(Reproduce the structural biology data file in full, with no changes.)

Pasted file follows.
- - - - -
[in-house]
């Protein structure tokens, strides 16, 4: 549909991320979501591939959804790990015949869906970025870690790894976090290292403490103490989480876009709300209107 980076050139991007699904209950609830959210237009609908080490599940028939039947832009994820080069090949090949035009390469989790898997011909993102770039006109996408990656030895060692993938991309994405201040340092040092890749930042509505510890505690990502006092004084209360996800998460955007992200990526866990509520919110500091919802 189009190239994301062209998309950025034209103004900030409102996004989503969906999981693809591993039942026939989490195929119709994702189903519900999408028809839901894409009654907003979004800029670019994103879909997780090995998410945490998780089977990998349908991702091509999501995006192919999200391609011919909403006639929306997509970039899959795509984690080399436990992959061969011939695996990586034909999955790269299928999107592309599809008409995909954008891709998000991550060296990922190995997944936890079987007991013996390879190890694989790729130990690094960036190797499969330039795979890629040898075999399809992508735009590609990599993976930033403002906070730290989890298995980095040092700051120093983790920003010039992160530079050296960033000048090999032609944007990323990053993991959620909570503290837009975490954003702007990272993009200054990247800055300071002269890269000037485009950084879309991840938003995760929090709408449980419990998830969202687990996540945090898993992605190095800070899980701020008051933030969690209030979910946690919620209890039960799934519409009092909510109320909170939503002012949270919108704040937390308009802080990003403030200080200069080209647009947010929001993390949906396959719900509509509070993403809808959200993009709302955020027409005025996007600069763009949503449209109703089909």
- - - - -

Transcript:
[in-house]
């Protein structure tokens, strides 16, 4: 549909991320979501591939959804790990015949869906970025870690790894976090290292403490103490989480876009709300209107 980076050139991007699904209950609830959210237009609908080490599940028939039947832009994820080069090949090949035009390469989790898997011909993102770039006109996408990656030895060692993938991309994405201040340092040092890749930042509505510890505690990502006092004084209360996800998460955007992200990526866990509520919110500091919802 189009190239994301062209998309950025034209103004900030409102996004989503969906999981693809591993039942026939989490195929119709994702189903519900999408028809839901894409009654907003979004800029670019994103879909997780090995998410945490998780089977990998349908991702091509999501995006192919999200391609011919909403006639929306997509970039899959795509984690080399436990992959061969011939695996990586034909999955790269299928999107592309599809008409995909954008891709998000991550060296990922190995997944936890079987007991013996390879190890694989790729130990690094960036190797499969330039795979890629040898075999399809992508735009590609990599993976930033403002906070730290989890298995980095040092700051120093983790920003010039992160530079050296960033000048090999032609944007990323990053993991959620909570503290837009975490954003702007990272993009200054990247800055300071002269890269000037485009950084879309991840938003995760929090709408449980419990998830969202687990996540945090898993992605190095800070899980701020008051933030969690209030979910946690919620209890039960799934519409009092909510109320909170939503002012949270919108704040937390308009802080990003403030200080200069080209647009947010929001993390949906396959719900509509509070993403809808959200993009709302955020027409005025996007600069763009949503449209109703089909």